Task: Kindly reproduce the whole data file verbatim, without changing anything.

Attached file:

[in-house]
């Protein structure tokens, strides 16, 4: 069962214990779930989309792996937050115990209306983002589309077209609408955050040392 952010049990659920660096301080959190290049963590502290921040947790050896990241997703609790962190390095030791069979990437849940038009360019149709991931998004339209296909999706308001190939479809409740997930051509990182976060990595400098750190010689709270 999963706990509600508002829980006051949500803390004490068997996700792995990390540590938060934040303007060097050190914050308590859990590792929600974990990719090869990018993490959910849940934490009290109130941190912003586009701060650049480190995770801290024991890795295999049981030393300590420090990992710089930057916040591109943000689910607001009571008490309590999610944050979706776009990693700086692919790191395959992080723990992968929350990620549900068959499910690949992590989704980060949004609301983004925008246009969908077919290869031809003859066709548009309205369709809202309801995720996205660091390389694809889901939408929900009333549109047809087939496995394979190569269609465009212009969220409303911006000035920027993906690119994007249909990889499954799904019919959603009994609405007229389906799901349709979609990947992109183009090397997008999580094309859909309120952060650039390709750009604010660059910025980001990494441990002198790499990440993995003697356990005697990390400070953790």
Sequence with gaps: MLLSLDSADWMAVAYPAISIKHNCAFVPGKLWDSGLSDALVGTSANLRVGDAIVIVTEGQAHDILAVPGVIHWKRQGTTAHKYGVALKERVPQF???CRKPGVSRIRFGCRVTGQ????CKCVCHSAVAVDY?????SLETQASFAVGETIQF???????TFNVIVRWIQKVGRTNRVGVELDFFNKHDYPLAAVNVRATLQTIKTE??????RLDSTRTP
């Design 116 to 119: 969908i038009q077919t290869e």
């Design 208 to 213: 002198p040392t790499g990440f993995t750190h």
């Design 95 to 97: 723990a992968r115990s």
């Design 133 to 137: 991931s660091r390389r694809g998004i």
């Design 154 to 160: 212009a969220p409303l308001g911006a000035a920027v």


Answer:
[in-house]
């Protein structure tokens, strides 16, 4: 069962214990779930989309792996937050115990209306983002589309077209609408955050040392 952010049990659920660096301080959190290049963590502290921040947790050896990241997703609790962190390095030791069979990437849940038009360019149709991931998004339209296909999706308001190939479809409740997930051509990182976060990595400098750190010689709270 999963706990509600508002829980006051949500803390004490068997996700792995990390540590938060934040303007060097050190914050308590859990590792929600974990990719090869990018993490959910849940934490009290109130941190912003586009701060650049480190995770801290024991890795295999049981030393300590420090990992710089930057916040591109943000689910607001009571008490309590999610944050979706776009990693700086692919790191395959992080723990992968929350990620549900068959499910690949992590989704980060949004609301983004925008246009969908077919290869031809003859066709548009309205369709809202309801995720996205660091390389694809889901939408929900009333549109047809087939496995394979190569269609465009212009969220409303911006000035920027993906690119994007249909990889499954799904019919959603009994609405007229389906799901349709979609990947992109183009090397997008999580094309859909309120952060650039390709750009604010660059910025980001990494441990002198790499990440993995003697356990005697990390400070953790």
Sequence with gaps: MLLSLDSADWMAVAYPAISIKHNCAFVPGKLWDSGLSDALVGTSANLRVGDAIVIVTEGQAHDILAVPGVIHWKRQGTTAHKYGVALKERVPQF???CRKPGVSRIRFGCRVTGQ????CKCVCHSAVAVDY?????SLETQASFAVGETIQF???????TFNVIVRWIQKVGRTNRVGVELDFFNKHDYPLAAVNVRATLQTIKTE??????RLDSTRTP
């Design 116 to 119: 969908i038009q077919t290869e």
């Design 208 to 213: 002198p040392t790499g990440f993995t750190h």
């Design 95 to 97: 723990a992968r115990s």
């Design 133 to 137: 991931s660091r390389r694809g998004i």
């Design 154 to 160: 212009a969220p409303l308001g911006a000035a920027v």